Comparing Melanoma Invasiveness in Dermatologist- versus Patient-Detected Lesions: A Retrospective Chart Review
ABSTRACT This study examined whether patient-identified melanomas were more advanced than dermatologist-identified tumors at routine clinic visits, and whether a personal or family history of skin cancer was associated with patterns of detection. A retrospective chart review was performed on melanoma patients (N = 201) in a private dermatology clinic. Variables included age, gender, pattern of detection (i.e., patient or a board certified dermatologist), personal or family history of skin cancer, skin type, and previous sun exposure, as well as tumor location and severity. Dermatologist-diagnosed melanomas were less invasive (P < 0.0005), and more likely present on the chest, back, and legs (P < 0.01). Conversely, patient-identified lesions were more likely to occur on the face, neck and scalp, be associated with younger patients, and a family history of melanoma, but not other types of skin cancer (P < 0.01). In a post-hoc analysis examining these factors as predictors of tumor invasiveness, only diagnostic source was significant. Specifically, dermatologist-identified tumors were significantly less invasive than patient-identified tumors. Although age, family history, and tumor location played roles in the early detection of melanomas, the most important factor was diagnostic source. Thus, board-certified dermatologists play a key role in the early detection of malignant melanoma.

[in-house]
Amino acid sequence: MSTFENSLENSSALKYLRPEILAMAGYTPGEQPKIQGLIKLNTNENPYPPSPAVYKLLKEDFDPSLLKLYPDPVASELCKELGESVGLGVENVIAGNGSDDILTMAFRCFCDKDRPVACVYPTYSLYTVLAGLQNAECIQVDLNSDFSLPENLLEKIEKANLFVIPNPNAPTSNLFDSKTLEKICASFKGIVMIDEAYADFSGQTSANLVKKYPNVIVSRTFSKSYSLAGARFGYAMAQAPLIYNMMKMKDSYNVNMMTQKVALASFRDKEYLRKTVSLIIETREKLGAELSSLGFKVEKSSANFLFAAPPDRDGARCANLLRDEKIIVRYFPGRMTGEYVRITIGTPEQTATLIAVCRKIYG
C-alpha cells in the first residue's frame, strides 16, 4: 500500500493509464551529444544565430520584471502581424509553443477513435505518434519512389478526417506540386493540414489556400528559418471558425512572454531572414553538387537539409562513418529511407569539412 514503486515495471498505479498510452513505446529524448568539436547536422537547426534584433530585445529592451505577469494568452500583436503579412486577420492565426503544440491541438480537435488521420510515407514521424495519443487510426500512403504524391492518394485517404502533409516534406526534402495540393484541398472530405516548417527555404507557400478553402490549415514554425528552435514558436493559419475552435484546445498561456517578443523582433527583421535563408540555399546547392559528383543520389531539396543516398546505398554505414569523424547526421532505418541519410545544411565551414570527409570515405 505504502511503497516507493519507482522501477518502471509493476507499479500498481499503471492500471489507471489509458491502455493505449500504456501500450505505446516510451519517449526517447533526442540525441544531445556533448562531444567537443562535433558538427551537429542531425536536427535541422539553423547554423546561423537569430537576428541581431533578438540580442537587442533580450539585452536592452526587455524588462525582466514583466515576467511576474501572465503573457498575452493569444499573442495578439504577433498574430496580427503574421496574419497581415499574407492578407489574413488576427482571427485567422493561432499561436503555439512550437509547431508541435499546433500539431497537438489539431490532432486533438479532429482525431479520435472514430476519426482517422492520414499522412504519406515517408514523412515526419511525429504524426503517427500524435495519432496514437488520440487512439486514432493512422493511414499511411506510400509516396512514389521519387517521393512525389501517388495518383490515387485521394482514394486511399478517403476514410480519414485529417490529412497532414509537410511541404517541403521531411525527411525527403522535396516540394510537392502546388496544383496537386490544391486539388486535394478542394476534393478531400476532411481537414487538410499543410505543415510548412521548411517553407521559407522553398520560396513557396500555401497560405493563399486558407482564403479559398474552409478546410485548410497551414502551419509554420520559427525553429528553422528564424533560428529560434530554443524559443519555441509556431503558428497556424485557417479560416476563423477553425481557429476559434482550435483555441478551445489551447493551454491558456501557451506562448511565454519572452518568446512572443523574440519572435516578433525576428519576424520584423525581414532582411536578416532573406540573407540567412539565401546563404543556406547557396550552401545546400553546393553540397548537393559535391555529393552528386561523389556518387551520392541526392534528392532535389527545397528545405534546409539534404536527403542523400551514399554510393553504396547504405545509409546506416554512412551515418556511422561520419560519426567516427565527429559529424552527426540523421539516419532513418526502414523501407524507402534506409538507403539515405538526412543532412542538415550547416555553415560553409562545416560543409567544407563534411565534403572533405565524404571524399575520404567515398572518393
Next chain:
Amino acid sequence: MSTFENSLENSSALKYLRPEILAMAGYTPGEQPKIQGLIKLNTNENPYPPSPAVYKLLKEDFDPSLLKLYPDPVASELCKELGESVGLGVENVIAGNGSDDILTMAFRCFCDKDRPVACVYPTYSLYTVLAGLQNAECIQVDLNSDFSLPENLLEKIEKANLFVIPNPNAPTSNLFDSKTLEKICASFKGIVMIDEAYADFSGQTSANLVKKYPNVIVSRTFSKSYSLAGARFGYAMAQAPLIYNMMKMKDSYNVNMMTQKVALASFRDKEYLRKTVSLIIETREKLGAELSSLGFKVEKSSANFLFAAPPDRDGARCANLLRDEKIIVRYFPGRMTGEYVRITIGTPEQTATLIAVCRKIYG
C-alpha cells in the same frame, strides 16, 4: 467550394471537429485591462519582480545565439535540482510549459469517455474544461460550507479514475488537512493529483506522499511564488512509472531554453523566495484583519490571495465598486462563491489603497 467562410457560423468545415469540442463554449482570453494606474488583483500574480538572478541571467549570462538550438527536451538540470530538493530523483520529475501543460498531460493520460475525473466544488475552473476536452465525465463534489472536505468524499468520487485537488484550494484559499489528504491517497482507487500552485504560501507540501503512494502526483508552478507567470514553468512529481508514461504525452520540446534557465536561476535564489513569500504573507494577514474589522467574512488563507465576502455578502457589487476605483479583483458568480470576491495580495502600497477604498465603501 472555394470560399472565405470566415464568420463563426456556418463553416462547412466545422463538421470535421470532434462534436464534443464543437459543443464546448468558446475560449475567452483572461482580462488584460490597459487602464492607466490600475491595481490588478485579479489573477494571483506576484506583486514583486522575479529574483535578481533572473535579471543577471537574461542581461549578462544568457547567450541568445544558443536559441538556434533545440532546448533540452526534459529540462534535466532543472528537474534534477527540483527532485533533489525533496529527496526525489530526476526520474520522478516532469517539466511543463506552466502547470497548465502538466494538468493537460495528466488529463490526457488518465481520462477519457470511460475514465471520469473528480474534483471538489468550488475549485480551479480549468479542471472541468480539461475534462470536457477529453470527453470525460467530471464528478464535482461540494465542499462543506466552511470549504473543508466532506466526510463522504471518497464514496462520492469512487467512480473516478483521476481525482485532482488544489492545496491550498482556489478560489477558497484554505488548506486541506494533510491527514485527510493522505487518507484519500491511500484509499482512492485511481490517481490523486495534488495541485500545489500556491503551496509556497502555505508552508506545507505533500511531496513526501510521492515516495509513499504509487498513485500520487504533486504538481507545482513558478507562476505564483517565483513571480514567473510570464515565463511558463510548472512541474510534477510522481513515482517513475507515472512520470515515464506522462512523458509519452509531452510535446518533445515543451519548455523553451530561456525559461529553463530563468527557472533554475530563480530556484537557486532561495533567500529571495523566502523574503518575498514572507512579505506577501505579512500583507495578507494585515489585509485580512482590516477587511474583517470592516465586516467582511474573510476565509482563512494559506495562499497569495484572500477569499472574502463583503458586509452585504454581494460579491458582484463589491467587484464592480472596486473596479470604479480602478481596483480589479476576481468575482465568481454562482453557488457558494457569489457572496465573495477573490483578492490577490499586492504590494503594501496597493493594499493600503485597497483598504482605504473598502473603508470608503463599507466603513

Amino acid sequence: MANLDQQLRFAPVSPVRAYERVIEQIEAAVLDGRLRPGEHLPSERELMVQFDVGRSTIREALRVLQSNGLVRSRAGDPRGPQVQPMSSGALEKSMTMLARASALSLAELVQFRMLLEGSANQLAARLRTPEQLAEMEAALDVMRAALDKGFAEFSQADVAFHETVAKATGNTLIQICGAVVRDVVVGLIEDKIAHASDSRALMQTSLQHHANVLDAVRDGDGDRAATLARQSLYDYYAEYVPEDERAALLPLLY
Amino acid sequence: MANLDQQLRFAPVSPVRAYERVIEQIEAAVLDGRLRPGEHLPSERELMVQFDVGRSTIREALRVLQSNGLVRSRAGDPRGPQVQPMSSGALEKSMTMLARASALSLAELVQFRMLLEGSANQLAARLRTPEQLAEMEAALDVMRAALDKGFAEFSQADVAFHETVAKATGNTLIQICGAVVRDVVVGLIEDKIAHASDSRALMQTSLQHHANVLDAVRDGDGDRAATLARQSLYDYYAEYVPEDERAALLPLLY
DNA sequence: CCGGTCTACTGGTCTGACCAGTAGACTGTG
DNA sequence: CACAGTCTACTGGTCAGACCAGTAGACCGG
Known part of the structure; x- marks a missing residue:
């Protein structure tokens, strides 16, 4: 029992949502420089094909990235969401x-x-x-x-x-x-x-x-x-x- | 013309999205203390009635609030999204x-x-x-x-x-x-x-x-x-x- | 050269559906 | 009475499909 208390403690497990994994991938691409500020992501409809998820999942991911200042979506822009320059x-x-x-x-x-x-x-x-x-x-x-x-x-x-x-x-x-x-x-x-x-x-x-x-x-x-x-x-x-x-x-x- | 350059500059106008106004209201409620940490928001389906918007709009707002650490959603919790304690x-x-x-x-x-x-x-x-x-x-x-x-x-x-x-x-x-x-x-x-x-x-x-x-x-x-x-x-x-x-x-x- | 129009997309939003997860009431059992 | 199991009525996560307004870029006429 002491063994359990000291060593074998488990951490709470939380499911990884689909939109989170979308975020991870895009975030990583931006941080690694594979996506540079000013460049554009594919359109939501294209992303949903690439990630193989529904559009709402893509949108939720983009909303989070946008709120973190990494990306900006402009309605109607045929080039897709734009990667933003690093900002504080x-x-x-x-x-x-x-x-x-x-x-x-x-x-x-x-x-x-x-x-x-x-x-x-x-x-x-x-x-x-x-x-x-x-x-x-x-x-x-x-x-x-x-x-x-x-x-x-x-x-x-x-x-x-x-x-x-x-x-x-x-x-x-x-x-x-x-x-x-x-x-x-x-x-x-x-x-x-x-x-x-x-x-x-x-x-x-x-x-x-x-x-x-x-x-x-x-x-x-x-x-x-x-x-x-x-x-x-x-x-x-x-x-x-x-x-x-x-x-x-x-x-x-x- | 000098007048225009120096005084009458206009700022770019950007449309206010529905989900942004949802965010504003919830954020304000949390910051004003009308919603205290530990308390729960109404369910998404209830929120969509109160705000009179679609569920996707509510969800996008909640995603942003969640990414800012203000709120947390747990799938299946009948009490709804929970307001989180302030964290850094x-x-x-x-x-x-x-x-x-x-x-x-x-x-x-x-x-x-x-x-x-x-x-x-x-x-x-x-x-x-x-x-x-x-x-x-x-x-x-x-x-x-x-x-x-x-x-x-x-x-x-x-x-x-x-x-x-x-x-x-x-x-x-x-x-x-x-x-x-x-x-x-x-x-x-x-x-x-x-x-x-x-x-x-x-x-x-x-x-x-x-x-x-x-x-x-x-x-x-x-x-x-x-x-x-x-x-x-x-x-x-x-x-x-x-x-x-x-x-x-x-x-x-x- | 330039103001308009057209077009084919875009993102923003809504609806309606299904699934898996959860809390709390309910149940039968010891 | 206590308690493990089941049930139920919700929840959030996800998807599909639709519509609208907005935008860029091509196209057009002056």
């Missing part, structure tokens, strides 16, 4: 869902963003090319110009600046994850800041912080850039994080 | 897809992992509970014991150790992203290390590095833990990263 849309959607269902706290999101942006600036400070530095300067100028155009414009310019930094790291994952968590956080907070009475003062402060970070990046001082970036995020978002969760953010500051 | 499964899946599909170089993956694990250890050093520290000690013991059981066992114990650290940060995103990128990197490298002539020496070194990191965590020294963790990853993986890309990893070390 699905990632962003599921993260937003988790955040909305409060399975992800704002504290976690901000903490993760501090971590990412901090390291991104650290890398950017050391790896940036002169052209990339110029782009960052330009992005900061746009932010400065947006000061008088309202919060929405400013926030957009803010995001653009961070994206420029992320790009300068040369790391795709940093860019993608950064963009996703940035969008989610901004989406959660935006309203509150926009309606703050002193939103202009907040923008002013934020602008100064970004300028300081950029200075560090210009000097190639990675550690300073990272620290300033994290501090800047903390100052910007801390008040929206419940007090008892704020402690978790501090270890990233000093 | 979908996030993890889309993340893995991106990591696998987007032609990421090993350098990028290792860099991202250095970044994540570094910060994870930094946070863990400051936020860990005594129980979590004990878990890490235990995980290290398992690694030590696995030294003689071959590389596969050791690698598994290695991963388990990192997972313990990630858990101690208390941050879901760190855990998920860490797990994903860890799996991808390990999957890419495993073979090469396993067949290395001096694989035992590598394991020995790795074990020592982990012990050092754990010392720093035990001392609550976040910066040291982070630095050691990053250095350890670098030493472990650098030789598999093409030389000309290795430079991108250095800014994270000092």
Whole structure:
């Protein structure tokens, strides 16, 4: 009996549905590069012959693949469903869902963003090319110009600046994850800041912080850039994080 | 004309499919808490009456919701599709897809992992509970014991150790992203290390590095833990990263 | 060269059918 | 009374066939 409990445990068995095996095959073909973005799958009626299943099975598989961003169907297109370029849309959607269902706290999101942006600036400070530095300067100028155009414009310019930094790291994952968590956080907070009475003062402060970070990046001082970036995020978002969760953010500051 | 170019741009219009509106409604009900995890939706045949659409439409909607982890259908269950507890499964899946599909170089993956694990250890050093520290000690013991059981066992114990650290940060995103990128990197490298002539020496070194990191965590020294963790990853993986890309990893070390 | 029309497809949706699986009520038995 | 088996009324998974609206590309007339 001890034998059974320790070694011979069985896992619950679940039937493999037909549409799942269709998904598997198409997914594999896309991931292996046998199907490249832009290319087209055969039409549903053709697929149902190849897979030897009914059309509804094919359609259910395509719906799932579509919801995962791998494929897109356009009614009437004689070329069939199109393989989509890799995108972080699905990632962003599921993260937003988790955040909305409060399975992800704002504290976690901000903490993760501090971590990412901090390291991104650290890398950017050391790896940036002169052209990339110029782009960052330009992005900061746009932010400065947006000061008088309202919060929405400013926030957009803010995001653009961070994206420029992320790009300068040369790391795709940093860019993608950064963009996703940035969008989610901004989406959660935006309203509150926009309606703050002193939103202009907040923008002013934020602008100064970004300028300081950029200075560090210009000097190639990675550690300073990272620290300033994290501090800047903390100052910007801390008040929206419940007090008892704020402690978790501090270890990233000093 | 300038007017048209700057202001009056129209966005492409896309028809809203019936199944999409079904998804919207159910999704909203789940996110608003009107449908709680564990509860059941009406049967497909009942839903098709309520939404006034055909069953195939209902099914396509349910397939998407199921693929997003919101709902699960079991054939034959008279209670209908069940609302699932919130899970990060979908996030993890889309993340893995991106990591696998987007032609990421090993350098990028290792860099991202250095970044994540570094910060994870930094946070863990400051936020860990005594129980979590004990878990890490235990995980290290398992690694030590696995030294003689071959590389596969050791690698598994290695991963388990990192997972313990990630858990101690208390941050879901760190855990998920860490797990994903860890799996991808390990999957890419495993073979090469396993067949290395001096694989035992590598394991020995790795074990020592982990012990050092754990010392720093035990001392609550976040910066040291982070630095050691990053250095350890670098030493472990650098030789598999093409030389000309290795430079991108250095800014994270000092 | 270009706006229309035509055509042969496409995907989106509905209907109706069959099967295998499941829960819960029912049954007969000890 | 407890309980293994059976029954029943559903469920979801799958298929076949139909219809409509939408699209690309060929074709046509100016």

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ABSTRACT: Patients from ethnoracial minority groups have lower incidence rates of melanoma compared with whites, but are more likely to have advanced melanomas at diagnosis and lower survival. Infrequent skin cancer screening and poor melanoma awareness may contribute to these disparities. The purpose of this survey study was to evaluate skin cancer surveillance behaviors and awareness among patients attending a dermatology clinic at a public hospital in New York City. Surveys were administered to 152 patients from April to June 2012. In all, 16% of patients previously had a total body skin examination for cancer, 11% were taught by a health care practitioner how to perform skin self-examinations, and 15% perform skin self-examinations. More whites had a total body skin examination compared with minorities (49% vs 5%). Only 33% of patients previously given a diagnosis of skin cancer performed skin self-examinations. Patients possessed a poor ability to recognize features suspicious for melanoma, with minorities (especially Hispanics) performing worse than whites. Small sample size is a limitation. Few patients engage in skin cancer screening behaviors and their knowledge about melanoma is poor, with minorities demonstrating lower understanding than whites. Our findings emphasize the need for improved patient education about characteristics of melanoma, regardless of race.Journal of the American Academy of Dermatology 12/2013; 70(2). DOI:10.1016/j.jaad.2013.10.030 · 5.00 Impact Factor